IPLC Launches the Historical Representation at American House Museums Web Archive

The Ivy Plus Libraries Confederation is pleased to announce the launch of the Historical Representation at American House Museums Web Archive, curated by librarians, library workers, and professors at Columbia University and Johns Hopkins University. House museums have been a key component of historic preservation in America since the mid 19th century. Until recently, house museums largely interpreted the lives of great men (and, on rare occasions, women), first and second generation settlers in America, or the work of master architects such as Frank Lloyd Wright or Stanford White. More recently, many house museums have begun changing their focus to include the experiences of underrepresented peoples, including but not limited to working people, immigrants, the enslaved, women, LGBT individuals, and indigenous peoples. Websites have in many cases replaced printed guidebooks in disseminating the social history of these sites.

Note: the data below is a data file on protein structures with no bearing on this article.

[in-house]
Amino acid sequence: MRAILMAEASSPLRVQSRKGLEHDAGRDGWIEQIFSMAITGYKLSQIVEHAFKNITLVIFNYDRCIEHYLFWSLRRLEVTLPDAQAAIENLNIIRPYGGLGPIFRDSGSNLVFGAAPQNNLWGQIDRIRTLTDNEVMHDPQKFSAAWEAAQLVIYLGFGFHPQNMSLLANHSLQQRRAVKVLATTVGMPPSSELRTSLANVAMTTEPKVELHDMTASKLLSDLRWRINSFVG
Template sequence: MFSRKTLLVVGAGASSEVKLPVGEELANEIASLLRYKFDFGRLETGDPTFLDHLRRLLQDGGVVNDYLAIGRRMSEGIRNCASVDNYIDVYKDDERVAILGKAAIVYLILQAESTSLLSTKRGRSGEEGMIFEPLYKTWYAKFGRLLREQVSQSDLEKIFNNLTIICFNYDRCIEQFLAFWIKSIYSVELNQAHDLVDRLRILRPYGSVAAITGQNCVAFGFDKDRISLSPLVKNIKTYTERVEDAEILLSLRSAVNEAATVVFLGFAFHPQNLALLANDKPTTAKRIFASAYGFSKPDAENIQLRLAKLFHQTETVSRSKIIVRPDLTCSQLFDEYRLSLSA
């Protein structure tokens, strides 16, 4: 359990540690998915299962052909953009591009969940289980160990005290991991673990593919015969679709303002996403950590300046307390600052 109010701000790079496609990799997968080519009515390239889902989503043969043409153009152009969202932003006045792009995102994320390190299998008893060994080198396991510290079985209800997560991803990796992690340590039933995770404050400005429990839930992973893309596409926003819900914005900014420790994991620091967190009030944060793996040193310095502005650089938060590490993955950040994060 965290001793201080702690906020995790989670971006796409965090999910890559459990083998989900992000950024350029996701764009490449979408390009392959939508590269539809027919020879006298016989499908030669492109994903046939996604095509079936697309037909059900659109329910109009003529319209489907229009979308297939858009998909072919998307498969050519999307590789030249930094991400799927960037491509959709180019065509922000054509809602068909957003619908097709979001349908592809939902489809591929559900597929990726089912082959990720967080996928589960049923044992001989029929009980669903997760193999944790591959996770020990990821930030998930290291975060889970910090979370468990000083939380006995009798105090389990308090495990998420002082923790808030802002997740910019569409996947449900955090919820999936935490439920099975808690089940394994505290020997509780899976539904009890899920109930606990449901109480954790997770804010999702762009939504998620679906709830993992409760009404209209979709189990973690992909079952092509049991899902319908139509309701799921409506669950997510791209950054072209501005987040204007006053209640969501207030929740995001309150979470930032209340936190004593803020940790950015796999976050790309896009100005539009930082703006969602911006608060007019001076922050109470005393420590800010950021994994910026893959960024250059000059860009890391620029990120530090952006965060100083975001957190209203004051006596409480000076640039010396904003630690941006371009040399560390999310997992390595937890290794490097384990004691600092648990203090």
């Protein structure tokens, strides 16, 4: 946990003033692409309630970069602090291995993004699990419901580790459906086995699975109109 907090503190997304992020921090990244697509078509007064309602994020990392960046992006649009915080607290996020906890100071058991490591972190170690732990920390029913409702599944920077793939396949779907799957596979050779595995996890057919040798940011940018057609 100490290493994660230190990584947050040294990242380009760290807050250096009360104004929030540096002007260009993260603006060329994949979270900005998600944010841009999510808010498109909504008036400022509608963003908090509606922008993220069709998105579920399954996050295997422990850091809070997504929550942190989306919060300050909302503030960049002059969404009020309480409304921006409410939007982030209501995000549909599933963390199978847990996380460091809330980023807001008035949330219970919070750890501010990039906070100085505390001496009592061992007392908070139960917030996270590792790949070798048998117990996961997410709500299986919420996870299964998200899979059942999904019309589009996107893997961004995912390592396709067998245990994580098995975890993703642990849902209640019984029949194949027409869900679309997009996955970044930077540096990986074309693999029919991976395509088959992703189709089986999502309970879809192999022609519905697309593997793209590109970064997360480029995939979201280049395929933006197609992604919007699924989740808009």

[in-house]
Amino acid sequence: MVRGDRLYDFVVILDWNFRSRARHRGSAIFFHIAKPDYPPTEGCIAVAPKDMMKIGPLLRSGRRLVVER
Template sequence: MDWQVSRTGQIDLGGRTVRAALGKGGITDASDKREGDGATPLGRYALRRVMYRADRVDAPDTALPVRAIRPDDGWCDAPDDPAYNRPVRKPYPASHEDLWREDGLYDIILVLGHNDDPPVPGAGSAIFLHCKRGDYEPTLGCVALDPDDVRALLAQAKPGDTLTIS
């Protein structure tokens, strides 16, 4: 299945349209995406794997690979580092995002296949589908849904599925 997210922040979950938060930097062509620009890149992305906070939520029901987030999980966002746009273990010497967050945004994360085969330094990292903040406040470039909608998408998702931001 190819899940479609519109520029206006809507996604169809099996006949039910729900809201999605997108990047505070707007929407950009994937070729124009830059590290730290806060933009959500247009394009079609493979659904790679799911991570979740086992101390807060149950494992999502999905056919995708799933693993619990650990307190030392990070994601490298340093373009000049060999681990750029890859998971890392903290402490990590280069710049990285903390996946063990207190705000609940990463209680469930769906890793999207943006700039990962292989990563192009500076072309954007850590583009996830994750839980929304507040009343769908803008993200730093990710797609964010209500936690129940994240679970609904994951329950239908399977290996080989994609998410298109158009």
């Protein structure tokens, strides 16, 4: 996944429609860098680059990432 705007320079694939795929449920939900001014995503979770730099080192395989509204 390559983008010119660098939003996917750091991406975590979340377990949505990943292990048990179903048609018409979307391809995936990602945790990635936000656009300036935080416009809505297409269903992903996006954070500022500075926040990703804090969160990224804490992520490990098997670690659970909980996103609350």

Screenshot of the homepage of the Whitney Plantation website

Screenshot of the website of the Whitney Plantation, a historic site in Louisiana that teaches about slavery.

Web archives preserve vulnerable information that may disappear from the live web and capture the ways in which selected websites have evolved over time. The Ivy Plus Libraries Confederation’s Web Collecting Program is a collaborative collection development effort to build curated, thematic collections of freely available, but at-risk, web content in order to support research. Learn more about the program or explore the collections here.